Another day, another AFL racism so-called scandal.
The AFL Memes Facebook “scandal” is probably the lamest yet. But it still has much to teach us.
The first is that any journo who finds anything to do with footy that even remotely smells like racism can call the AFL, send them the link or the screenshot, and immediately have a story: “AFL hits out at XXXXXXXXX”.
(If you can somehow link it to Majak Daw, all the better. He seems to be the papers’ target of choice these days and the AFL will go the extra yard for anything Majak-related. Whether that is good or bad for Majak is up for debate.)
This is because, quite rightly, the AFL has a zero-tolerance policy for racism of any sort. It has to be that way.
There is indeed some very funny stuff on the AFL Memes. But there is racist stuff too. Undeniably racist pictures comparing indigenous players to animals, making light of petrol sniffing, rehashing tired old American racist stereotypes about African Americans and transferring them onto Majak Daw, an African-Australian.
I’m not going to get into a debate about why a “joke” about whether Majak Daw being hard to see in the dark is racist or not – because there is no debate. It is racist full stop. It is making a joke predicated on the colour of the man’s skin, his race.
What I find interesting is not just the level of ignorance involved in thinking that a plainly racist image is funny, but that putting it on a public forum using your real name.
Surely after the Ben Polis episode people would have worked out that Facebook is all public now and that if you put something on Facebook, for all intents and purposes, you may as well be writing an article in the Herald Sun.
The state of Victoria, along with others, has quite well-defined racial vilification laws. Were the AFL minded to really make a statement on this, they could ask the police follow the example of the Welsh cops who arrested and charged Liam Stacey with making racially offensive comments about Fabrice Muamba on Twitter after the Bolton midfielder collapsed on the pitch.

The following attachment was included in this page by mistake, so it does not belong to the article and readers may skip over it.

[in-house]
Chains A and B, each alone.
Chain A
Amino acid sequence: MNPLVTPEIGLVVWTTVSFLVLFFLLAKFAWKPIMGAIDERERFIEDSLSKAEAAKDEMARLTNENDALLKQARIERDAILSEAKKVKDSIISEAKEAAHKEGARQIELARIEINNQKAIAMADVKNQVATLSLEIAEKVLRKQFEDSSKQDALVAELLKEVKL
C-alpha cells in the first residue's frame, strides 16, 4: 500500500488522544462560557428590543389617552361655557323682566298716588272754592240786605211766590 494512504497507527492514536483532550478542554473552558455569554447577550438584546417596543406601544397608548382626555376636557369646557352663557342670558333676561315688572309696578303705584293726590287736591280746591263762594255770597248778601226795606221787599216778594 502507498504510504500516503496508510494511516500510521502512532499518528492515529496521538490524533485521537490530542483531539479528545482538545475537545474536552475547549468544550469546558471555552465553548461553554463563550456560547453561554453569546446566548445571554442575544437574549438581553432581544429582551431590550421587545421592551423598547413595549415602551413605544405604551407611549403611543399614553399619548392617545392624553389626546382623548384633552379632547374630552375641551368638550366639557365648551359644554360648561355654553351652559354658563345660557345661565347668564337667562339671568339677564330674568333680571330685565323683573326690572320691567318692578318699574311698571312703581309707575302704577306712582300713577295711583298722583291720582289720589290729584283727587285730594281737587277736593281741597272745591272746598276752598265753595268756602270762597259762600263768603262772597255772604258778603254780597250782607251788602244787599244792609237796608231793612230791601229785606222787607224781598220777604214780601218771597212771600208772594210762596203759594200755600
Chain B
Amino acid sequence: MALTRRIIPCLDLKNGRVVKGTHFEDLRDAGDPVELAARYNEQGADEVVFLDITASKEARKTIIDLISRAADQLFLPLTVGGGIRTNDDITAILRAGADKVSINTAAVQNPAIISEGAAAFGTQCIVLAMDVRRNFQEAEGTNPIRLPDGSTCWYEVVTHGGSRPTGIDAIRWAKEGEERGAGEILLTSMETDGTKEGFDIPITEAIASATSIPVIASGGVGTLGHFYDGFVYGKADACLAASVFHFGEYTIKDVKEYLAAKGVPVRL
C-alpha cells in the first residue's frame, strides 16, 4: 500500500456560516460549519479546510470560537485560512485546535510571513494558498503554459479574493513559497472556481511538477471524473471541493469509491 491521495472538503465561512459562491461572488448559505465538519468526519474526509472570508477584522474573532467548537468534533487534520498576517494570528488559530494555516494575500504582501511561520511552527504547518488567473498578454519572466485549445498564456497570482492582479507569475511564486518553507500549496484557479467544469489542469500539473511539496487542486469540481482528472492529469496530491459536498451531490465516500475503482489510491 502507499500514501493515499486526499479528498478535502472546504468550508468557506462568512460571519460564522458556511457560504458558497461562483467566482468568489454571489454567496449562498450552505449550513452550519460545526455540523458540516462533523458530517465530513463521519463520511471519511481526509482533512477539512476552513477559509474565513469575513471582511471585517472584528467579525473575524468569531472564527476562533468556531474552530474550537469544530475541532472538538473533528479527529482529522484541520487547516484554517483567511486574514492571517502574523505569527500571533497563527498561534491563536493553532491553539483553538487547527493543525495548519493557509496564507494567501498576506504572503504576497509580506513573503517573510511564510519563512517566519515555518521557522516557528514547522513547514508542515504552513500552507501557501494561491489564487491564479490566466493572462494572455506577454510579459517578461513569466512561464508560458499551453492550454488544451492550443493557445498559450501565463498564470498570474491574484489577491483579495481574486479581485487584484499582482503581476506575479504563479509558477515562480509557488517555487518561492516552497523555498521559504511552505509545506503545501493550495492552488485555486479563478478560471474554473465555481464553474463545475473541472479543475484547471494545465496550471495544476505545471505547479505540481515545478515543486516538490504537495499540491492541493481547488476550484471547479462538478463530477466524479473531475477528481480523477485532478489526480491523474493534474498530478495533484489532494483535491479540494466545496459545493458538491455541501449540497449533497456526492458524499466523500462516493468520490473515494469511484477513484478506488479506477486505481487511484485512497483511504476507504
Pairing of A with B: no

Stacey got a few months in jail for his trouble and while I don’t feel that jail is the correct response to this kind of thing, I don’t hand out sentences. It may be there’s a magistrate who finds the kind of racism AFL Memes indulged in does warrant a few weeks inside. The AFL would probably like that. A lot.
There’s an argument against what I’m saying that is traditionally made by types who feel that making racist jokes is OK.
It is that those opposing are crazed politically correct types who believe no jokes can be made regarding people of a non-white colour.
This isn’t true: make all the jokes you want about Majak being suspended for missing rehab sessions because he was out on the lash or about how Betts is a front runner. Just don’t make jokes about the colour of their skin.
But then really, some people are just plain ignorant. Even a simple concept like that above is beyond them. The bloke who runs AFL Memes – which is affiliated with the turgidly boring thisisafl.com mob – popped up on BigFooty to tell us:
“I’m actually the admin of the page. As of yet I haven’t heard anything from anyone regarding taking the page down or deleting photos, so I just took it upon myself to delete some and take the logos off.
“The one the article [everyone] seems to have a problem with is one with Brad Scott talking to Majak, with the caption ‘F*** man we need to get you playing some night games’. Now just because I wasn’t offended doesn’t mean that it wasn’t offensive I guess, but honestly, the guy has dark skin.
“At night it’s harder to see him. It had nothing to do with race, and honestly, I think placing a sub-heading ‘No Memes about black people’ would be more racist in the true meaning of the word.
“I can admit whole heartedly that 90% of the trash that gets posted to me is awful. There are some seriously offensive ones that get a truckload of likes, but I have tried to keep the ones I re-post on the wall clean and genuinely funny. Hopefully it all blows over soon. I’m sure people are going to get sick of the page eventually anyway…”
Two things come from this. The first is that this bloke honestly cannot see why ‘a black people can’t be seen at night’ “joke” is racist. I suspect he never will.
I don’t know the bloke personally. I doubt he’s an active racist in that I’m pretty sure he doesn’t lynch Sudanese blokes he sees out with white girls, but racism is far more insidious than that these “jokes” are the thin end of the wedge.
The second and far more concerning element of his statement is that he gets stuff he doesn’t put up that he thinks is “seriously offensive”.
This from a bloke who found a picture of Eddie Betts compared to a monkey (and Majak being invisible in the dark) suitable for public consumption.
The mind boggles at what this must involve. The fact that there’s plenty of people out there who are making things worse than Eddie Betts being compared to a monkey that they think are suitable for publishing demonstrates just how far we still have to go.
The AFL is right to call for the closure of AFL Memes. The presence of some funny jokes does not outweigh the publication of offensive racist images. That people honestly think it is acceptable to have the AFL logo on a page featuring nakedly racist imagery proves that a zero-tolerance policy is still needed.
And probably always will be.